Consider the following reactions to the tragic shooting in Tucson: First, President Barack Obama’s speech got rave reviews (“magic,” New York Times columnist Gail Collins called it), even though, by the standards, say, of Bill Clinton’s Oklahoma City address, it was pretty humdrum, especially during those times when the president was trying to draw lessons from the tragedy rather than eulogizing its victims. Second, Obama’s approval rating, taken after the killings but before the speech, has risen and is now above 50 percent in the Pollster.com average, even though he did not do anything remarkable in that period. Third, Republicans and conservatives, however much they might insist that their strident opposition to Obama had nothing to do with the killings, appear chastened. (Sarah Palin is the exception.) The House leadership postponed its treasured vote on health care repeal, and Fox News head Roger Ailes said to an interviewer, “I told all of our guys, shut up, tone it down, make your argument intellectually. You don’t have to do it with bombast.”
What’s going on here? I don’t know, but I am going to speculate. We’ll never know for sure whether there was a link between the apocalyptic anti-government rhetoric of the right and Loughner’s actions, but the public, I believe, has drawn a connection—unconsciously if not consciously—between the killings and the contemporary political climate. I think both Ailes, who is no dummy, and the Republicans have sensed that.
In August 2007, I wrote in The New Republic about three psychologists—Sheldon Solomon, Jeff Greenberg, and Tom Pyszczynski—who had conducted experiments to show how the unconscious fear of death, and the defenses it triggers, have influenced our politics. Among these defenses were a preference for charismatic leadership and a renewed appreciation of flag and country and of traditional mores. The psychologists found, moreover, that these defenses could be triggered unconsciously by subliminal cues.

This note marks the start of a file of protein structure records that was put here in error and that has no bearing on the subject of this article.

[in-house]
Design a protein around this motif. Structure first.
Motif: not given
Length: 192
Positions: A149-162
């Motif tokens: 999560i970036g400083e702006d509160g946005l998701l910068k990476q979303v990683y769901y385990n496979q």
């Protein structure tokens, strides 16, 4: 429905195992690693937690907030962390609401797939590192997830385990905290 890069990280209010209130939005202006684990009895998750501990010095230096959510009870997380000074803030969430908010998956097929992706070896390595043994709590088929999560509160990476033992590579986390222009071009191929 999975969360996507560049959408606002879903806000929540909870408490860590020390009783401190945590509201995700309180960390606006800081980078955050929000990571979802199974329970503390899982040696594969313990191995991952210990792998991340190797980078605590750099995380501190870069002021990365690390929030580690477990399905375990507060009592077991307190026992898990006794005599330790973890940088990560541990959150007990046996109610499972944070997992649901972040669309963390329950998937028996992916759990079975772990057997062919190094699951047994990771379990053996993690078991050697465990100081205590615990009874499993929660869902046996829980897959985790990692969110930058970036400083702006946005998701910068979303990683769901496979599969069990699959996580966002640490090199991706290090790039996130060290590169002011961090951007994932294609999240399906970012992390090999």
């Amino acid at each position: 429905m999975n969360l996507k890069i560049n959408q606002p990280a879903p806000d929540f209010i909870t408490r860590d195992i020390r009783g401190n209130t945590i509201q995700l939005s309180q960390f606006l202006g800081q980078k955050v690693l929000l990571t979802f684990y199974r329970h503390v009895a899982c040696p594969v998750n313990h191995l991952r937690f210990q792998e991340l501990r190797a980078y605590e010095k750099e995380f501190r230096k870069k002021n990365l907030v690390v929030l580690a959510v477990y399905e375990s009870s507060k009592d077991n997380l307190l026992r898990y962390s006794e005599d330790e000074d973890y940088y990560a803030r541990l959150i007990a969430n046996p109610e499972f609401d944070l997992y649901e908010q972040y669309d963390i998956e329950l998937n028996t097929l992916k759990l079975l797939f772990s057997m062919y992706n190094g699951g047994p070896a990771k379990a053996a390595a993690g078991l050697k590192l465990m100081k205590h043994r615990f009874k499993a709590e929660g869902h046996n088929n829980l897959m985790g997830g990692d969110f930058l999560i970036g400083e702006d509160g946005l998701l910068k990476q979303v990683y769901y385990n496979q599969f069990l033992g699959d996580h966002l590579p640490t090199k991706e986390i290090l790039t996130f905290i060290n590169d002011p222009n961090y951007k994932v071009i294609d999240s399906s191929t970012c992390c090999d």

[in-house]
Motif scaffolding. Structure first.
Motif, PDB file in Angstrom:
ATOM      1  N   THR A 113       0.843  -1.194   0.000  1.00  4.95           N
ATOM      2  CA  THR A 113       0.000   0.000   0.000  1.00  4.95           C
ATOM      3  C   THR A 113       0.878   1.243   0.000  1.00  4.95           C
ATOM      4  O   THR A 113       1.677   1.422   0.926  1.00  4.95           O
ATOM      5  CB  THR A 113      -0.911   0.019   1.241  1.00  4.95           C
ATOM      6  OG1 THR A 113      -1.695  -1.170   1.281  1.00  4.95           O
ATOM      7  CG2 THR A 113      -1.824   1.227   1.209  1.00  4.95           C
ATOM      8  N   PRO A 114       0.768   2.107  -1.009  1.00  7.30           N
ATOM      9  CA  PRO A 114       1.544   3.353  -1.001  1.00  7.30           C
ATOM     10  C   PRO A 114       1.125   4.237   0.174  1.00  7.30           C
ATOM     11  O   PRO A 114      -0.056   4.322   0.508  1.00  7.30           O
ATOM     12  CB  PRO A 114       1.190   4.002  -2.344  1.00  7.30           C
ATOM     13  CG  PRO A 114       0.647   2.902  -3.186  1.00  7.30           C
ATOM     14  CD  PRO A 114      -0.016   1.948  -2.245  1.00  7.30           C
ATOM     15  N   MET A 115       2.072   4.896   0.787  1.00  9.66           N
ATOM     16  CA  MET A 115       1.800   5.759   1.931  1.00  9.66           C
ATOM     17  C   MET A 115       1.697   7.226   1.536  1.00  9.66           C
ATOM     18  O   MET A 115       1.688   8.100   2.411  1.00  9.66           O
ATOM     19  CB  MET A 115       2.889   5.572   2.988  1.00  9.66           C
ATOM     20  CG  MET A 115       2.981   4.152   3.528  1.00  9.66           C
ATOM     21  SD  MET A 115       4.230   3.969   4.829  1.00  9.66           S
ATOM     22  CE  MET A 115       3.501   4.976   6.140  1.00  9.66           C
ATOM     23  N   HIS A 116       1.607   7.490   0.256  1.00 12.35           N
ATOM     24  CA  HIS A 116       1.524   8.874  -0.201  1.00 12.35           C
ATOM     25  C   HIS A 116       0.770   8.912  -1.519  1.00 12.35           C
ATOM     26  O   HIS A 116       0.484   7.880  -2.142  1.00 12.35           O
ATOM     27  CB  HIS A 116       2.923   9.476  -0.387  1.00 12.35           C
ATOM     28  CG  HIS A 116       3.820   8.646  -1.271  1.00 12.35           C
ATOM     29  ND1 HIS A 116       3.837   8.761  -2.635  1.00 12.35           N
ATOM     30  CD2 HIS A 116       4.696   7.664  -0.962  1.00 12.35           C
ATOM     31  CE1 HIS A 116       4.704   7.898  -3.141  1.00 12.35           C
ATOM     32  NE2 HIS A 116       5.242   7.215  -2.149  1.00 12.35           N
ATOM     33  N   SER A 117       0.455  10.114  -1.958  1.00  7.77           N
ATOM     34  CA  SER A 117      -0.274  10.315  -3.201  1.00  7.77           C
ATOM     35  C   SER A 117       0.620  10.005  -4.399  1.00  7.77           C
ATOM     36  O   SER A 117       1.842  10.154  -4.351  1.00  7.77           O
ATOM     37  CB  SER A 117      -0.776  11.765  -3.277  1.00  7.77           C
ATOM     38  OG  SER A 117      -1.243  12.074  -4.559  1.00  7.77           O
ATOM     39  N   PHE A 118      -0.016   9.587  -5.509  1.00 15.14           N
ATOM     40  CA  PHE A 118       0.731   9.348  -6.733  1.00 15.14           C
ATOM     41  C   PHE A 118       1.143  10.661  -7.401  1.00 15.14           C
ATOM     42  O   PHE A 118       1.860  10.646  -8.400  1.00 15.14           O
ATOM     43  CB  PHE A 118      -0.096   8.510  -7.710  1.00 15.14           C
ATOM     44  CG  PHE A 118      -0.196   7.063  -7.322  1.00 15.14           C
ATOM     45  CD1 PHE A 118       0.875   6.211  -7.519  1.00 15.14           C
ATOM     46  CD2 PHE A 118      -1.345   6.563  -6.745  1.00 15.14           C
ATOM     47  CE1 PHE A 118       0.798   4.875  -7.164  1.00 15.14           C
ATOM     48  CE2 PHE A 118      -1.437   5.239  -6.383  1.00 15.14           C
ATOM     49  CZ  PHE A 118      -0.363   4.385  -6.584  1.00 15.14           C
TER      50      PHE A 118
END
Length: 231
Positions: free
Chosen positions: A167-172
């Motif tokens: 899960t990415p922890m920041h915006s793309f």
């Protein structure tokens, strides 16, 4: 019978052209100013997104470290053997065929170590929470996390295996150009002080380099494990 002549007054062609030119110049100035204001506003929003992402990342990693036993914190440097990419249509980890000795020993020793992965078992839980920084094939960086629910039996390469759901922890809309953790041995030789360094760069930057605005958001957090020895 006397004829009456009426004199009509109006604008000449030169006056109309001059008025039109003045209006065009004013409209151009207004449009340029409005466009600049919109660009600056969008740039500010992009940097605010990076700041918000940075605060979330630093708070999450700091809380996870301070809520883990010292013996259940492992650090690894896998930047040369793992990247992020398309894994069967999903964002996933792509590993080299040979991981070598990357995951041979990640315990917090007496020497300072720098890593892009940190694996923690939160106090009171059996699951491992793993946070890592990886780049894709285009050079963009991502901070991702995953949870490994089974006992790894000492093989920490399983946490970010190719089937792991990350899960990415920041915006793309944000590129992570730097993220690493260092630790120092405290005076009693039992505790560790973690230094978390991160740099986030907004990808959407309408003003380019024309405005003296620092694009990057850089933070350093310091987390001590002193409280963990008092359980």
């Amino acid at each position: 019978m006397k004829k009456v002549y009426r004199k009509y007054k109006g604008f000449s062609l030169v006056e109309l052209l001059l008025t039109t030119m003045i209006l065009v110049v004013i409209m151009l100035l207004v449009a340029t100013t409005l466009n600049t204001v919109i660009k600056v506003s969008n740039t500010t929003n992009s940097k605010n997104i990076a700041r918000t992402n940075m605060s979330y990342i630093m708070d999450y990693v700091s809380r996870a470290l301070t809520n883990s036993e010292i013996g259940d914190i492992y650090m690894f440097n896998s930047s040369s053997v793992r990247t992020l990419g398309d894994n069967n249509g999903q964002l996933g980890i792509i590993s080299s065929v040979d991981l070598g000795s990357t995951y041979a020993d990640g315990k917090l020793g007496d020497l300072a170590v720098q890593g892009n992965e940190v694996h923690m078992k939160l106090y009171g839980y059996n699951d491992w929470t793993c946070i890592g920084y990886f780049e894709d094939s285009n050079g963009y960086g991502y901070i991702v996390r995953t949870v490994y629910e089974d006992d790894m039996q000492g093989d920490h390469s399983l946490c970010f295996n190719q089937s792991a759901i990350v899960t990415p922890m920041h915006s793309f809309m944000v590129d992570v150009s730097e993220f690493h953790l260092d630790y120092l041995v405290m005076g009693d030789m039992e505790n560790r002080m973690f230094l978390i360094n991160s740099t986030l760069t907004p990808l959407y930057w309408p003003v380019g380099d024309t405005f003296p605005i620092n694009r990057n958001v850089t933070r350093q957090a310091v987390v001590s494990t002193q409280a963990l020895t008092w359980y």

I think what happened in the wake of the Tucson shootings was, on the one hand, quite expected: People pulled together, they expressed their sympathy for those killed and wounded, and, in this way, they reaffirmed their commonality. And perhaps, if asked specifically what had caused the shooting, they would have said it was a chance medical event. But there was an added element, triggered by the nature of the event, which came partly from believing that this was a political and not merely a medical act: a renewed respect for the structure of public authority that Loughner threatened and for the leader at the head of it—which was triggered by a fear that Loughner’s act threatened that broader community and its leader, the president. That’s why, I think, Obama’s approval ratings climbed, even before his speech. And it’s why his speech itself was received so magnanimously and generously.
The reaction, of course, will eventually wear off—perhaps sooner rather than later, as Jeff Greenberg, who happens to teach psychology at the University of Arizona in Tucson, reminded me when I called him to share my speculations. Republicans are already plannning to introduce the repeal of the health care bill. Still, Obama has a moment, similar to Bill Clinton after the Oklahoma bombing and George W. Bush after Septmeber 11, where the country is looking to him for leadership again.
John B. Judis is a senior editor of The New Republic.